Friday, June 11

How many points are you worth?

It seems that I've become a pretty strong supporter of America and its policies in recent years. Its always seemed to me that the recent wave of anti-Americanism has been pretty childish and overblown.

But boy, some Americans don't make it easy let me tell you. Catch a load of this. Steve Sturm has some insightful comments on when is it ok to torture. To back up his arguments good'ol Steve assigns point values to human lives.

-US citizen: 50 points
-US military: 47.5 points
-Citizen of a 'Friend of the US' country (England, Spain, Israel, for example): 25 points
-Citizen of a 'Not acting like a friend, yet not totally hostile' country : (Germany and France, for example, and for the time being): 20 points
-Citizen of a country that we just don't have a lot of experience with: 8 points
-US Human shields: 5 points
-Non US citizen human shield: 0 points (sorry, I just don't care)
-Innocent (non-arms bearing) citizen of a hostile country: 4 points
-Those wishing for the US to 'get its butt kicked' (Tom Robbins, Chrissie Hynde): 1/2 point each

As amazing as that is, it gets better. Good'ol Steve thought some more about this.

(UPDATE II) After writing this, it occurred to me that many people in this country would put a much lower value on the lives of Americans, whether military or not, and a much higher value on the lives of people elsewhere in the world, perhaps even to the point at which an Iraqi life was valued higher than that of an American, either civilian or soldier. Is this the point at which charges of anti-Americanism are justified?

Gee, anyone that thinks my life might have the same value as an Americans is anti-American. Doesn't that just give you a warm glow all over? No wonder when I start a defense of American policy with "I know they are arrogant pricks, but ..." it tends to go much better.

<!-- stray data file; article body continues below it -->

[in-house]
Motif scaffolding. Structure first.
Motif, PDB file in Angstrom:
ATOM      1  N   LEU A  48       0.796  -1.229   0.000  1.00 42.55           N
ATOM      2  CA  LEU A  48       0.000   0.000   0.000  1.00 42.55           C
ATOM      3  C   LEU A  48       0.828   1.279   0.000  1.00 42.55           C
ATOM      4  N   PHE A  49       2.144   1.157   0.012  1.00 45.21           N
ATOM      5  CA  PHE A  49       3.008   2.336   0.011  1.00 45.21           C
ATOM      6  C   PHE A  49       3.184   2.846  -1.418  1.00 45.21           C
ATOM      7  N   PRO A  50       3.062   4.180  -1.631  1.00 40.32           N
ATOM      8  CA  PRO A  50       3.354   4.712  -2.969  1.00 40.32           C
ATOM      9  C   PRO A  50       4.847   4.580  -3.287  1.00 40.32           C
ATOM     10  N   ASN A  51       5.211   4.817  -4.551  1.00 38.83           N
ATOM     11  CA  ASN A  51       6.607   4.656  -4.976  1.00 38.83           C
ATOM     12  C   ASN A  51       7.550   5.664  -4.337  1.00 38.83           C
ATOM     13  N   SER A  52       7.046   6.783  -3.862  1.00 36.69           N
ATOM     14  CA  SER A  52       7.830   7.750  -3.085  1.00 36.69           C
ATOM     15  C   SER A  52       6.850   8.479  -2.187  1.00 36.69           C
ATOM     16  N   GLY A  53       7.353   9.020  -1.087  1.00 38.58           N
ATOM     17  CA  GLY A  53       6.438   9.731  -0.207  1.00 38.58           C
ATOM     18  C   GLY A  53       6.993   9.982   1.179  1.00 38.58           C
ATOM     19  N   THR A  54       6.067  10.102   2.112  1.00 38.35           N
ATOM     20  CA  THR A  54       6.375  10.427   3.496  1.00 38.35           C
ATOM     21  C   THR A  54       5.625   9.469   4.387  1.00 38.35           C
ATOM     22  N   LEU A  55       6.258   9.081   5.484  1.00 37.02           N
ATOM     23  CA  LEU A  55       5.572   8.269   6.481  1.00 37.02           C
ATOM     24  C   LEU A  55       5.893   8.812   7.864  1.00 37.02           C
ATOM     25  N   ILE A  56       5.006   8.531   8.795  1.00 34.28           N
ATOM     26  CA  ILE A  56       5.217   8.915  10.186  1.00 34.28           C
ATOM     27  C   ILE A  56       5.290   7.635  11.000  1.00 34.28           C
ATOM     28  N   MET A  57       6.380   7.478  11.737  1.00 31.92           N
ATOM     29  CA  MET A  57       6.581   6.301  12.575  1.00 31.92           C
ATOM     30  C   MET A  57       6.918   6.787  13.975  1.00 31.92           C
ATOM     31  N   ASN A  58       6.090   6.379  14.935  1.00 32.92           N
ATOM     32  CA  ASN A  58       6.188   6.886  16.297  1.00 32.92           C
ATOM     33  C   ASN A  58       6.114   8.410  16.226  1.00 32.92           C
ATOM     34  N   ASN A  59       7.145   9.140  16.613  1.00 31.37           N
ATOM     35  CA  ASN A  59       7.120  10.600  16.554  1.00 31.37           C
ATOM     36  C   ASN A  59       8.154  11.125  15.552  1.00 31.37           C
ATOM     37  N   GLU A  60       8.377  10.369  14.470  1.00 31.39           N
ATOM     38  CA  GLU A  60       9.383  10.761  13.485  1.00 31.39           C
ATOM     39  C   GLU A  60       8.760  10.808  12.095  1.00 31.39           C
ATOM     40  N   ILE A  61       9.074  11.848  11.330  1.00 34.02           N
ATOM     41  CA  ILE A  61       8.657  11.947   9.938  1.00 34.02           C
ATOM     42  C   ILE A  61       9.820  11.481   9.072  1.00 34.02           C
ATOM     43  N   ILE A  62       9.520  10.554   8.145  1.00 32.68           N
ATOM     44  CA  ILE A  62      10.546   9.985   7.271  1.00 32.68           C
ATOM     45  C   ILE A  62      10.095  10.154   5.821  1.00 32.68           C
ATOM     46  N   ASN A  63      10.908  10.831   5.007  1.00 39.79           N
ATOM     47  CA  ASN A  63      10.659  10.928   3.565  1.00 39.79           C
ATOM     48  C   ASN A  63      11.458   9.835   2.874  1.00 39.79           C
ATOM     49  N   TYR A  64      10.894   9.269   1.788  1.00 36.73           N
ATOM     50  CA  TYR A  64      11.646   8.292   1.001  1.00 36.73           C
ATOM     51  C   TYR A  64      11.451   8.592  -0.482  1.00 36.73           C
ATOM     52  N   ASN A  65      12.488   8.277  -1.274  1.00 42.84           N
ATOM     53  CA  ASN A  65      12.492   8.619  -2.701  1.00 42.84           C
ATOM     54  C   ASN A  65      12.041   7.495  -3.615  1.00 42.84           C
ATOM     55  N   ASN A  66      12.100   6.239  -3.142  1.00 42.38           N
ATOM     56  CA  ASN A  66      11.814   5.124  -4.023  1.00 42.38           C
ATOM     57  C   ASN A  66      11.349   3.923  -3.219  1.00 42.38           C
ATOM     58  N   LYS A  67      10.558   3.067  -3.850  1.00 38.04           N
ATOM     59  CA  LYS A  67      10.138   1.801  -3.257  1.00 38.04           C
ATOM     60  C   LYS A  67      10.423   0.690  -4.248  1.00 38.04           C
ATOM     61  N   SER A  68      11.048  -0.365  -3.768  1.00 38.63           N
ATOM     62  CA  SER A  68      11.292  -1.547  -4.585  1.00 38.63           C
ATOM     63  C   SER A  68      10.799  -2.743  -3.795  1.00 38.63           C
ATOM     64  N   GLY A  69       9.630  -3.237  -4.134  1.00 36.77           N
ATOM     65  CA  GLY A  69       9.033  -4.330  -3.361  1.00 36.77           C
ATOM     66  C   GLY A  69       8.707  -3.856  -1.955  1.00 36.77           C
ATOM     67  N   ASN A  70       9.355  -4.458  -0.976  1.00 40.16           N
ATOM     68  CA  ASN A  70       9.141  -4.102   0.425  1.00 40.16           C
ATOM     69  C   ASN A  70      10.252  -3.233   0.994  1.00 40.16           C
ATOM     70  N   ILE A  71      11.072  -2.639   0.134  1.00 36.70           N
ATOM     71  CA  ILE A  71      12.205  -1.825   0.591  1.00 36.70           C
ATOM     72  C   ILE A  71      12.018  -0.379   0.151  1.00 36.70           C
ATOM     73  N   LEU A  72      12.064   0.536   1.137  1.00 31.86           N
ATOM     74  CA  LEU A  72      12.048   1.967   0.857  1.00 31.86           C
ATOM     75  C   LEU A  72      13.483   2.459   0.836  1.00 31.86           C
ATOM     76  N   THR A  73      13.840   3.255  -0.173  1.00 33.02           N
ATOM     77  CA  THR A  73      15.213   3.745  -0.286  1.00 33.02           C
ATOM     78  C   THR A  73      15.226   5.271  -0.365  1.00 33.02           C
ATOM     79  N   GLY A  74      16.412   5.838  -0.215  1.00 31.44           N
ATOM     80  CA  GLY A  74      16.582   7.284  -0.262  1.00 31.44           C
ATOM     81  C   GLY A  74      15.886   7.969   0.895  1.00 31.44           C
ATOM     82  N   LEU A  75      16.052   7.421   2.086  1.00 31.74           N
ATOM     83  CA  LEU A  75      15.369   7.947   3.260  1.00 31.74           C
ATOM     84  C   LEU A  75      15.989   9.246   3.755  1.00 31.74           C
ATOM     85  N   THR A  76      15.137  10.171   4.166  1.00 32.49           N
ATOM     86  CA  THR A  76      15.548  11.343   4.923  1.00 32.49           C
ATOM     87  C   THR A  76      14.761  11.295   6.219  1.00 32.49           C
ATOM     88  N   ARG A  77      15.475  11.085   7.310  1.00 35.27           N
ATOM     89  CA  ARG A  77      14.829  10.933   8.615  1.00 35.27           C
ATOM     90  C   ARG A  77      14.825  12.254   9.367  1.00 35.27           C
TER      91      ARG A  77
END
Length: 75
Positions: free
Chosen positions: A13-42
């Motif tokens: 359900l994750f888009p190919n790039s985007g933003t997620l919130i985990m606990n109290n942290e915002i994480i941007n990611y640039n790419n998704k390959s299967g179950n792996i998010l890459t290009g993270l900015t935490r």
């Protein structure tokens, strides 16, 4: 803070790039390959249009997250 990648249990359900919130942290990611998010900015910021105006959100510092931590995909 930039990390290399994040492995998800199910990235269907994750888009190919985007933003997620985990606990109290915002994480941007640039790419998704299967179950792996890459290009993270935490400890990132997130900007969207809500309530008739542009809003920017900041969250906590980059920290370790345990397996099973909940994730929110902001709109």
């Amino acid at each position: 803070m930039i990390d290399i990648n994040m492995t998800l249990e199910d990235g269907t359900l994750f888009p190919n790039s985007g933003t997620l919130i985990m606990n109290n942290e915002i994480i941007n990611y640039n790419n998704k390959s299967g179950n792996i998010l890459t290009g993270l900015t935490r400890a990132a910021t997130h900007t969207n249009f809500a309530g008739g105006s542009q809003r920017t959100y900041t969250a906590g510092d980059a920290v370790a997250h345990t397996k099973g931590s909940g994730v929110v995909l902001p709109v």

Sadly, the boys at Oxblog dont even blink at this argument.

However, our own Murray at Southern Cross has the time to take on the American uber-humans. Murray thinks he rates at least a 15 on the scale. I wouldn't push my luck if I were him though. He might get moved over to the 'Anti-American' side.

On the topic of torture? Yes, I believe that theoretically there can be times when torture could be the only option.


It should however be a case of dammed if you do and dammed if you don't. It is and should be the most horrendous of crimes and should be punished accordingly. If there is a bomb about to go of and a terrorist must be tortured to stop it, the people responsible must still bear personal responsibility for their actions.

If it saves a 1000 lives, then that would not negate the fact that they did torture. They should still be punished for their actions.
Sadly there is no limit to torture as a method. You either use torture or you don't. There is no such thing as "We'll only torture him if ..." or "We'll only torture him a little".

To take a much overused example, Abu Graib was a crime. It should be treated as such no matter the end result. Even if the warders at the prison uncovered the next 9/11 plot, justice should still demand that they answer for their crimes.

When would torture be justified (if not acceptable)? If the warders at Abu Graib felt that the punishment they would received for their crimes was less important than the lives they could save by committing them. Sadly on Mr Sturms scale they would probably only have to stand in the corner for almost the whole afternoon.


Blogger steve said...

Well, duh! If one definition of anti-Americanism is taking positions that run counter to the interests of America(ns), then yes, putting a higher value on an Iraqi citizen than on an American is just that.

What I find amazing is that anyone would find this odd. Paraphrasing what I said in a full response on my site, how high do you value the lives of your countrymen?

What is odd is that I'm blasted for acknowledging that we do what everybody else in the world does as well - smug South Africans included.

11 June 2004 at 21:50  

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